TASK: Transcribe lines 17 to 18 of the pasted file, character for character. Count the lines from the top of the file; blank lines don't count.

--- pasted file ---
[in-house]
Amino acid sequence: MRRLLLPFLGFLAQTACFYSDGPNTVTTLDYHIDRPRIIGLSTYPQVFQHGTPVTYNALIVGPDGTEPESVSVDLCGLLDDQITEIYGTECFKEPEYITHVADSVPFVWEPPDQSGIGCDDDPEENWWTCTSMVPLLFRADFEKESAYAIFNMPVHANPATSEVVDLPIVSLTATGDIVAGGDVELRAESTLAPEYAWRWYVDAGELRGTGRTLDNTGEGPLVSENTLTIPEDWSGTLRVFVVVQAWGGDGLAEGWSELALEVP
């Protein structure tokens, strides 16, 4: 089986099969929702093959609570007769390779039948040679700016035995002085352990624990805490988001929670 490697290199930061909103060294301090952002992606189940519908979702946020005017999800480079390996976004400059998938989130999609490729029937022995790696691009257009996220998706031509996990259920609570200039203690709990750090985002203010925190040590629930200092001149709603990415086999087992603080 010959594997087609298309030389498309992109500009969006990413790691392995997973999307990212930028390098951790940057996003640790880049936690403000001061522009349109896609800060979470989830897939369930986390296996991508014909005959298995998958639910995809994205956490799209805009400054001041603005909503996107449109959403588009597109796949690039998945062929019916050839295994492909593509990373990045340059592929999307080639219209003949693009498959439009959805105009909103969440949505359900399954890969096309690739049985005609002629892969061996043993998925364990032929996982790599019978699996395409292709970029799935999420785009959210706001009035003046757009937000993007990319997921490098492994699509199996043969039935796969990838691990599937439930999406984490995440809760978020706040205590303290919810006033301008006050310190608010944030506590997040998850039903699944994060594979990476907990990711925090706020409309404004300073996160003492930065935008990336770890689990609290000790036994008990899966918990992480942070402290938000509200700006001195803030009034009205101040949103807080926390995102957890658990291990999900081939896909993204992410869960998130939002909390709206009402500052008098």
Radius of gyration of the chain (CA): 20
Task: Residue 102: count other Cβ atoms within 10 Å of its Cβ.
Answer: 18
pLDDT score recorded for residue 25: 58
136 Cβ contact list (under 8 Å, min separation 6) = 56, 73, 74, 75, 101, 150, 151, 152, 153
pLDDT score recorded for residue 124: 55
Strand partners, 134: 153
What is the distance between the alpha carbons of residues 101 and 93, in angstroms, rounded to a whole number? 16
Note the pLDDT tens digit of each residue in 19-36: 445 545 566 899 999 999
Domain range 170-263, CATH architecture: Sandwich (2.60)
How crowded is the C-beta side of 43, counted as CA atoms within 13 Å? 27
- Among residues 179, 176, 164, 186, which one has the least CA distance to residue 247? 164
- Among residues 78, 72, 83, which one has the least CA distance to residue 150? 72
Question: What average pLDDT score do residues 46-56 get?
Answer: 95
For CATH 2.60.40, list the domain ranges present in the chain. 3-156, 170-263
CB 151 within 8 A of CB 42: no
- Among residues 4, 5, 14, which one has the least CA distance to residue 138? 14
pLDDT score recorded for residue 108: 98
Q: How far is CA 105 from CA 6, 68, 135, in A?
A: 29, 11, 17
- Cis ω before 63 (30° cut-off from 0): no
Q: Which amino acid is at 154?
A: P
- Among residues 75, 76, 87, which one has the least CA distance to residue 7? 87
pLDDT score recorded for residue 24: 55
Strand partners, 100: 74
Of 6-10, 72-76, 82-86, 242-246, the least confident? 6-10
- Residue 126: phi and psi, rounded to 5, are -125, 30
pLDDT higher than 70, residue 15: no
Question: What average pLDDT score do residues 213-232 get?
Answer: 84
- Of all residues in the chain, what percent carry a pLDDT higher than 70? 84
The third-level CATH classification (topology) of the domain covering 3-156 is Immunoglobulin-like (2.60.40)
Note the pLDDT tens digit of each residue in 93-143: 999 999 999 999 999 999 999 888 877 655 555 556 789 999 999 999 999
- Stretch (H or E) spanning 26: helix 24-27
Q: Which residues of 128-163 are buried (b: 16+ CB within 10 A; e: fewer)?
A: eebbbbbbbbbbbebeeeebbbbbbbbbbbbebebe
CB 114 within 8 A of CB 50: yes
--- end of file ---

Question: What average pLDDT score do residues 46-56 get?
Answer: 95